Tyrannosaurus Rex marks the pairing of two popular figures in the niche world: Victor Wong‘s Zoologist brand and Antonio Gardoni, the celebrated perfumer. Together, they sought to create a “gargantuan” fragrance that was not only worthy of the T-Rex associations but also one which they specifically wanted to evoke the smoky, dark, hot, and fiery Cretaceous period in which he lived, a time where ferocious beasts ripped apart delicate florals amidst dark woods set alight by smoldering flames.
It’s been a long time since a new release gave me a frisson of instant joy, longer still since one moved me to write reams of pages upon first sniff. Ensar Oud‘s newest fragrance, EO No 2 parfum, did precisely that. Within moments of spraying, I rushed to dig up a yellow legal pad, my head filled with the story of what the fragrance conjured up, so real that I practically saw the sentences in my head, saw the visions of what the notes evoked. It was a moment of pure olfactory delight, something which has been all too rare for me lately.
Names have a funny way of shaping one’s expectations, so when Masque Milano told me that the name of its forthcoming scent would be “Hemingway” and a tribute to the author, I had a certain olfactory profile in mind. I associate the author with the scent of rum, whisky, bourbon, and cigars, but Hemingway the fragrance was something quite different. To my surprise, however, alcohol did end up being unexpectedly involved, even if it was not actually intended to be a part of the scent and even if it wasn’t the sort that I had expected.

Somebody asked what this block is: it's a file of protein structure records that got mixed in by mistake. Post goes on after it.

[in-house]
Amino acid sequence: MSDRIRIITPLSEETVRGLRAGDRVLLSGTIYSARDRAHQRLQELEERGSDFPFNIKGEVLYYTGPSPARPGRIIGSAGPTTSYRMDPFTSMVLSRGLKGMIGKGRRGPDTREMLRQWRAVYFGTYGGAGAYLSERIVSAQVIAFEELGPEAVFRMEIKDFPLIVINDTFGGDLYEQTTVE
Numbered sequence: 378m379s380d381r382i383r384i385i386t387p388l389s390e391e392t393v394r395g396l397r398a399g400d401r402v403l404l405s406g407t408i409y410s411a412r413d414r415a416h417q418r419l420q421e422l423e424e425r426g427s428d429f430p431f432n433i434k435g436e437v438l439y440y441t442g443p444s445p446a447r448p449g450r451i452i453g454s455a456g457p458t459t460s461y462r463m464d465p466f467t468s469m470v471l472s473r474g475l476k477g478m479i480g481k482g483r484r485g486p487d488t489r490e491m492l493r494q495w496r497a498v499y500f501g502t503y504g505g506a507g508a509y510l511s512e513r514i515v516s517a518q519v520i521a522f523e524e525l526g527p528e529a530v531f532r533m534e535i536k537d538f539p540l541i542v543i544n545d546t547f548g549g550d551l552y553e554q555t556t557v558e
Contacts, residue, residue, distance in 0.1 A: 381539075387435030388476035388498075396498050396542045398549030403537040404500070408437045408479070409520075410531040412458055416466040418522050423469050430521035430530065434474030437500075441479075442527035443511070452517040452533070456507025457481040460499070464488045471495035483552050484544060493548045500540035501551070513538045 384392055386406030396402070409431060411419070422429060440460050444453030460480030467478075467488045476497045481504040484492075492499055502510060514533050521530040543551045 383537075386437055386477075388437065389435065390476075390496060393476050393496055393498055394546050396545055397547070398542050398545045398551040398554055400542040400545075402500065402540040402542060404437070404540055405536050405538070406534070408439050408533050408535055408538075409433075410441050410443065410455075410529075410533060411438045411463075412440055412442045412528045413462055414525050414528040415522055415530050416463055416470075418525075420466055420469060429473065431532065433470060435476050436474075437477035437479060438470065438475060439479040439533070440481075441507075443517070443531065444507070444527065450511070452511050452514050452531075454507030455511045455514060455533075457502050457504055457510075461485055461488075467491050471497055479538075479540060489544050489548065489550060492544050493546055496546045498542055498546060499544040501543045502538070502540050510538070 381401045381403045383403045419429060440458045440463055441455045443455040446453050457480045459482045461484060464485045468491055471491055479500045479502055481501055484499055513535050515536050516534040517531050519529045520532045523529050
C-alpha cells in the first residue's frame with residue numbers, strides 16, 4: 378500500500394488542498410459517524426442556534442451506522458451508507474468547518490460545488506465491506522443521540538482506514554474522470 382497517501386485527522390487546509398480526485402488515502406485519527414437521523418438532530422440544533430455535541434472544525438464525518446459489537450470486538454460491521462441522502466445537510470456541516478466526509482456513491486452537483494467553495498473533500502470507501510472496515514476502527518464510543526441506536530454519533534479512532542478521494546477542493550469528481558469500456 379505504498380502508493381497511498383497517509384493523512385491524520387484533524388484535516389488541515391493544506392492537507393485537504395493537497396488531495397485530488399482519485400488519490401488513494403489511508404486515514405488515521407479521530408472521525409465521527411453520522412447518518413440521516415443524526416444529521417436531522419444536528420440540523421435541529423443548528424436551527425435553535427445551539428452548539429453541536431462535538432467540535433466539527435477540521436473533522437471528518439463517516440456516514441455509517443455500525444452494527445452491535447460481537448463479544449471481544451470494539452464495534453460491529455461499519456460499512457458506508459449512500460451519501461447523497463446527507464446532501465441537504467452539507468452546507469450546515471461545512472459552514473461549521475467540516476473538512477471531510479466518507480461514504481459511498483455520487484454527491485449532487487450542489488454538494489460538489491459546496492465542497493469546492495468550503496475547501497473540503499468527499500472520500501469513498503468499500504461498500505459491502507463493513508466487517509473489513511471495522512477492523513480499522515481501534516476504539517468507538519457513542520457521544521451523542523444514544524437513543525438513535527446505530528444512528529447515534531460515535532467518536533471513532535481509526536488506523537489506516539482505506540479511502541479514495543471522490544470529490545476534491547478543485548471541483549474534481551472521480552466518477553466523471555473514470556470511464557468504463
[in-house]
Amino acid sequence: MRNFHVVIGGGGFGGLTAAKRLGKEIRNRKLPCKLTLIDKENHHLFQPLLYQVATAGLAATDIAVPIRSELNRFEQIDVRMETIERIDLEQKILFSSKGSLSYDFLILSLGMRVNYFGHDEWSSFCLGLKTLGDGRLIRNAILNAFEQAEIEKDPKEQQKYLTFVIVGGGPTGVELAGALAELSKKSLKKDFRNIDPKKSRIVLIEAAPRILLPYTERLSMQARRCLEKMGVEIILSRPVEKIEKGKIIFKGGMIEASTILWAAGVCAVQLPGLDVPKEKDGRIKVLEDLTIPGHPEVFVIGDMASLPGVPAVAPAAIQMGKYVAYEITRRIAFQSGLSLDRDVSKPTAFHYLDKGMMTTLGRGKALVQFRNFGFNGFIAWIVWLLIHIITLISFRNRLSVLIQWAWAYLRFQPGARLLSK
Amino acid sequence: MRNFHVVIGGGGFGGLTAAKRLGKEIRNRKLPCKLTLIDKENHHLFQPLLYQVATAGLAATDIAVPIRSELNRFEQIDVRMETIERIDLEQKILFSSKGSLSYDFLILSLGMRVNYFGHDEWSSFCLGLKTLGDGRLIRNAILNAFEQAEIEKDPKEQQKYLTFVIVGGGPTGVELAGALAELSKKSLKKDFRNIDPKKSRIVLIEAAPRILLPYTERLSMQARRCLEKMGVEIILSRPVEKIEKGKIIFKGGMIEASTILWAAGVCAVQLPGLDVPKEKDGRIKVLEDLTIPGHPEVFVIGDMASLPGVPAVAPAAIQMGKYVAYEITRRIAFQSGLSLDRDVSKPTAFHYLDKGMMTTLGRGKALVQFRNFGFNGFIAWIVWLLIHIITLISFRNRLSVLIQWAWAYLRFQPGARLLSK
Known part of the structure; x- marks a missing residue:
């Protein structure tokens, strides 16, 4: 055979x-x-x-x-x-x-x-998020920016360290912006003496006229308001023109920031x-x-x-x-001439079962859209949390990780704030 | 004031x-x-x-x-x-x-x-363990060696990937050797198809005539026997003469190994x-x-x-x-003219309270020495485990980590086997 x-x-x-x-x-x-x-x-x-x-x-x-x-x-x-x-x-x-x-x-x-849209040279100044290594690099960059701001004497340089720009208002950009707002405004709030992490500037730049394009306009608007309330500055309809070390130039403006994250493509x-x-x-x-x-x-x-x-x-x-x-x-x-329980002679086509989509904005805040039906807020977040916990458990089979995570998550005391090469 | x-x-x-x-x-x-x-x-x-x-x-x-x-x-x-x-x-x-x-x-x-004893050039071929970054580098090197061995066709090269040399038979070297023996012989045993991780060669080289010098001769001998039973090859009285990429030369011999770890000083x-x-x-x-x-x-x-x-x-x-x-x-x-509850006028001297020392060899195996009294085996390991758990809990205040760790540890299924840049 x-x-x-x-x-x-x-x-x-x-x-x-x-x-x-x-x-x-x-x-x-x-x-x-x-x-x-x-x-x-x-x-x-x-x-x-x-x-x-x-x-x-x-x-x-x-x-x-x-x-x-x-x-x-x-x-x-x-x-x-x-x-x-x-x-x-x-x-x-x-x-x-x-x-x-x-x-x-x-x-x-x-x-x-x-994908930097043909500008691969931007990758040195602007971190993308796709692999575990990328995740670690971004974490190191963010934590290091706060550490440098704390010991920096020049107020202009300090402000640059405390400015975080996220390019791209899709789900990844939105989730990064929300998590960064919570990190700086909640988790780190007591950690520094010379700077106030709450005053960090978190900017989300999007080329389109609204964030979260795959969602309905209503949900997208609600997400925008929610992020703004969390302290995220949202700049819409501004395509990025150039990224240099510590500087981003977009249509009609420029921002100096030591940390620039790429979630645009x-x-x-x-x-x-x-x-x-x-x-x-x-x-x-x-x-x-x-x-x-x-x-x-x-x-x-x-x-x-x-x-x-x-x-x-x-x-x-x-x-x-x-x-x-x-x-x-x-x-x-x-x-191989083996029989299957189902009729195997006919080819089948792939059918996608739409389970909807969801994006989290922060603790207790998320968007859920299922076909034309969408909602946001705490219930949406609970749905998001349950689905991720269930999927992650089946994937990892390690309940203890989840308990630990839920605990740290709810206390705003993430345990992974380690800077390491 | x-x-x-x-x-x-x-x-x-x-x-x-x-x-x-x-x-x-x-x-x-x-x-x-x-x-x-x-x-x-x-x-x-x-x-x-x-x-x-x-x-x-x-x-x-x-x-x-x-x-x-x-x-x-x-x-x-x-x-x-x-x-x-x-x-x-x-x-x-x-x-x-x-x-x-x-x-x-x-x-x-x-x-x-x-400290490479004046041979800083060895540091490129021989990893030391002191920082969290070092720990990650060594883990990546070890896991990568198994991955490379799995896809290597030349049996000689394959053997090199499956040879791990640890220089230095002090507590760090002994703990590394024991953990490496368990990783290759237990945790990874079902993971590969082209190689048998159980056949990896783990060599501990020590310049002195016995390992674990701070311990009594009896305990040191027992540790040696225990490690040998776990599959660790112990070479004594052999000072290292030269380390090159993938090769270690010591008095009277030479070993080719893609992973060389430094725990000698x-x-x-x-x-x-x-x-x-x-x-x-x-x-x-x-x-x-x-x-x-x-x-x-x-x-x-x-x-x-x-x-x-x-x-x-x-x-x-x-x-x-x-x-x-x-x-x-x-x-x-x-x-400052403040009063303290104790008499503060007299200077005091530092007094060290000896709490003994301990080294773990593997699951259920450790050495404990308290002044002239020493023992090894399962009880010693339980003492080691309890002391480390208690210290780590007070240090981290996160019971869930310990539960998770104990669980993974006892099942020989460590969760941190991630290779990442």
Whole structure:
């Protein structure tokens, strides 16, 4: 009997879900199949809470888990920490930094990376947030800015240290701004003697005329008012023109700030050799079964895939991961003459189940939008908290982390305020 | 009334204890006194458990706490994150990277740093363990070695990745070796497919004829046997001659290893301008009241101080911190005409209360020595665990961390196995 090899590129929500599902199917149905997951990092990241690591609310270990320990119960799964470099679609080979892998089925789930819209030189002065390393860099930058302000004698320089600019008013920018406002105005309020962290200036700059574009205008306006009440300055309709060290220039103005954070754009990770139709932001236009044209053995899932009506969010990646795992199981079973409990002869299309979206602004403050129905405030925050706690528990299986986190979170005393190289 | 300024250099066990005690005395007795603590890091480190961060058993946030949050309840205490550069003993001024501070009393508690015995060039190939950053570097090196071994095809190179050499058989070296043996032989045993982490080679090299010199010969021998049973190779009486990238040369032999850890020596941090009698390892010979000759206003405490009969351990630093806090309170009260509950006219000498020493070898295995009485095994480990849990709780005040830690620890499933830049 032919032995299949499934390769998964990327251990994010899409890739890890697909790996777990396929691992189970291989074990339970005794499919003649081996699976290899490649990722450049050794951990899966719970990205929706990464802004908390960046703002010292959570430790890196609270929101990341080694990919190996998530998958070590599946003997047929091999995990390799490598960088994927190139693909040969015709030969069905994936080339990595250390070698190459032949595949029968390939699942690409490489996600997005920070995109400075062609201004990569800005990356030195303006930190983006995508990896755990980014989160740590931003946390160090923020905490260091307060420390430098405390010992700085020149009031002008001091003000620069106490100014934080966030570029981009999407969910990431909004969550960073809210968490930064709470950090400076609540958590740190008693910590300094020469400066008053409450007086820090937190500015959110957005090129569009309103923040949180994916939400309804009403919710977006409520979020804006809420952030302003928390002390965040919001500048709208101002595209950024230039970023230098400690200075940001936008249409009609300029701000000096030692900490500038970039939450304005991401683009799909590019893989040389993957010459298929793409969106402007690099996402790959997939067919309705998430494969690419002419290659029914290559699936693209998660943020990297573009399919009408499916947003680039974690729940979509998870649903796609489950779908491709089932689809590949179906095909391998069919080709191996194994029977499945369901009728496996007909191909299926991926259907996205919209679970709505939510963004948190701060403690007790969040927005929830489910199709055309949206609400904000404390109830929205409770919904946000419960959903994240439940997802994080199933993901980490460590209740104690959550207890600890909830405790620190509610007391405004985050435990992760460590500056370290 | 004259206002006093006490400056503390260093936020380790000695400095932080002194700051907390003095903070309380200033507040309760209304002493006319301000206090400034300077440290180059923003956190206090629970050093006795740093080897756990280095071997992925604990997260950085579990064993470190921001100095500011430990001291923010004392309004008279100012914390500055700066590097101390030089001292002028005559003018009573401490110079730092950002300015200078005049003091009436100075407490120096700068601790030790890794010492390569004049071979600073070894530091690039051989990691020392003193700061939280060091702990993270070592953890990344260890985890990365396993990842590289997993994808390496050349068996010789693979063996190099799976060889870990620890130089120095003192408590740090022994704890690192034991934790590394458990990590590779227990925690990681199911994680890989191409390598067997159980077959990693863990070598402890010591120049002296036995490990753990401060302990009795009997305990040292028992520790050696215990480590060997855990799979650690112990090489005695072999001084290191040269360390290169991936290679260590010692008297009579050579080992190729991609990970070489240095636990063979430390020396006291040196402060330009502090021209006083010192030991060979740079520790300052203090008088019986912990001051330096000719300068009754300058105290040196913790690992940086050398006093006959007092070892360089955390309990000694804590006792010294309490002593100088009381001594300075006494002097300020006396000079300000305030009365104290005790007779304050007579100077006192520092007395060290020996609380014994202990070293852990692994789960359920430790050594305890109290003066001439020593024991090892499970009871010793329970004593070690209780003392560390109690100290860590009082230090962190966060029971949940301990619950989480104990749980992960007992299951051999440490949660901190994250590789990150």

Rich, bold, powerhouse fragrances for a bargain price, what could be better? There is a definite advantage in going vintage, and Giorgio For Men is a perfect example of why: addictive patchouli is layered with loads of genuine oakmoss, Cuir de Russie-style birch leather, and gales of spices and amber, then lashed with honey, iris-orris butter, sandalwood, citruses, dry cedar, chocolate, vanilla, and silky cream. It’s all presented in a seamless, complex, long-lasting and audaciously intense concoction with parallels to both vintage legends and modern niche, except Giorgio costs a pittance of the price of most fragrances in those categories and it also contains high levels of raw materials now limited or banned in perfumery.
For a mere $30, I purchased a large, 95% full, 120 ml or 4 oz bottle whose scent bore echoes of fragrances which came both long before it and long after it: legends like vintage Givenchy Gentleman and popular modern creations like Serge Lutens’ Borneo 1834, Chanel‘s Coromandel, and Guerlain‘s LIDGE. Throughout its long lifespan, Giorgio’s character changed from the ruggedly polished but elegant 1980s alpha male to the unisex, modern, and addictively, delectably cuddly. While there are a handful of small issues with the fragrance, mostly if one sprays a lot of it, they’re minor in the overall scheme of things and the low price makes them easy to ignore. In short, this is a scent well worth looking up.